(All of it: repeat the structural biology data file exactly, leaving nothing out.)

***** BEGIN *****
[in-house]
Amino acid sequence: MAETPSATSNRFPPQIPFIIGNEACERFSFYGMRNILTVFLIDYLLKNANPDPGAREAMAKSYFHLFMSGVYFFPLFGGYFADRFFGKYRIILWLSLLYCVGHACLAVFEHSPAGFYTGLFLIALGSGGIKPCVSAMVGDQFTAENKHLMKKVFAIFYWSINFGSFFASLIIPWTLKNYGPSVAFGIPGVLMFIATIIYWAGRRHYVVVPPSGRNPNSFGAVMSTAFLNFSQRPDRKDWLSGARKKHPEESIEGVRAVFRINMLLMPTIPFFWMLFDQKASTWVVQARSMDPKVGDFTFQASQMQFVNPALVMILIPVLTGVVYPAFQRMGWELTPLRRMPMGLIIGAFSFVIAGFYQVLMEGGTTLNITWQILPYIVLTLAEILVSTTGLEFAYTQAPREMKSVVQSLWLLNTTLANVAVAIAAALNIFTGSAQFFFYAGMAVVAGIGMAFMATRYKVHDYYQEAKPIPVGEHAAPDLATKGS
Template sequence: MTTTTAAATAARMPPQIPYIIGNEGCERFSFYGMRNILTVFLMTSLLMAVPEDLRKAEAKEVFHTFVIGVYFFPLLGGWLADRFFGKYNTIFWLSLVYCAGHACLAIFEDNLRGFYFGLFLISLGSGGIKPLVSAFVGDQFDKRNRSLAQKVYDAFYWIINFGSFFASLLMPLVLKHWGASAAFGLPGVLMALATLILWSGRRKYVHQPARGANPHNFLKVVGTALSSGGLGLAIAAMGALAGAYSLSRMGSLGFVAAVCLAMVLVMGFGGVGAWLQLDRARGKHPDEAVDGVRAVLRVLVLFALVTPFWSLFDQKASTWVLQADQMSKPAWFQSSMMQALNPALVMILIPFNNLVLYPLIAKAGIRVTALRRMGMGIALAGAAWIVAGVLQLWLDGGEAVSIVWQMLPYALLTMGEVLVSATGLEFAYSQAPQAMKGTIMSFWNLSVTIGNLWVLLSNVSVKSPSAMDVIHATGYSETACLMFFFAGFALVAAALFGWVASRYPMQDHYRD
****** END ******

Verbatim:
[in-house]
Amino acid sequence: MAETPSATSNRFPPQIPFIIGNEACERFSFYGMRNILTVFLIDYLLKNANPDPGAREAMAKSYFHLFMSGVYFFPLFGGYFADRFFGKYRIILWLSLLYCVGHACLAVFEHSPAGFYTGLFLIALGSGGIKPCVSAMVGDQFTAENKHLMKKVFAIFYWSINFGSFFASLIIPWTLKNYGPSVAFGIPGVLMFIATIIYWAGRRHYVVVPPSGRNPNSFGAVMSTAFLNFSQRPDRKDWLSGARKKHPEESIEGVRAVFRINMLLMPTIPFFWMLFDQKASTWVVQARSMDPKVGDFTFQASQMQFVNPALVMILIPVLTGVVYPAFQRMGWELTPLRRMPMGLIIGAFSFVIAGFYQVLMEGGTTLNITWQILPYIVLTLAEILVSTTGLEFAYTQAPREMKSVVQSLWLLNTTLANVAVAIAAALNIFTGSAQFFFYAGMAVVAGIGMAFMATRYKVHDYYQEAKPIPVGEHAAPDLATKGS
Template sequence: MTTTTAAATAARMPPQIPYIIGNEGCERFSFYGMRNILTVFLMTSLLMAVPEDLRKAEAKEVFHTFVIGVYFFPLLGGWLADRFFGKYNTIFWLSLVYCAGHACLAIFEDNLRGFYFGLFLISLGSGGIKPLVSAFVGDQFDKRNRSLAQKVYDAFYWIINFGSFFASLLMPLVLKHWGASAAFGLPGVLMALATLILWSGRRKYVHQPARGANPHNFLKVVGTALSSGGLGLAIAAMGALAGAYSLSRMGSLGFVAAVCLAMVLVMGFGGVGAWLQLDRARGKHPDEAVDGVRAVLRVLVLFALVTPFWSLFDQKASTWVLQADQMSKPAWFQSSMMQALNPALVMILIPFNNLVLYPLIAKAGIRVTALRRMGMGIALAGAAWIVAGVLQLWLDGGEAVSIVWQMLPYALLTMGEVLVSATGLEFAYSQAPQAMKGTIMSFWNLSVTIGNLWVLLSNVSVKSPSAMDVIHATGYSETACLMFFFAGFALVAAALFGWVASRYPMQDHYRD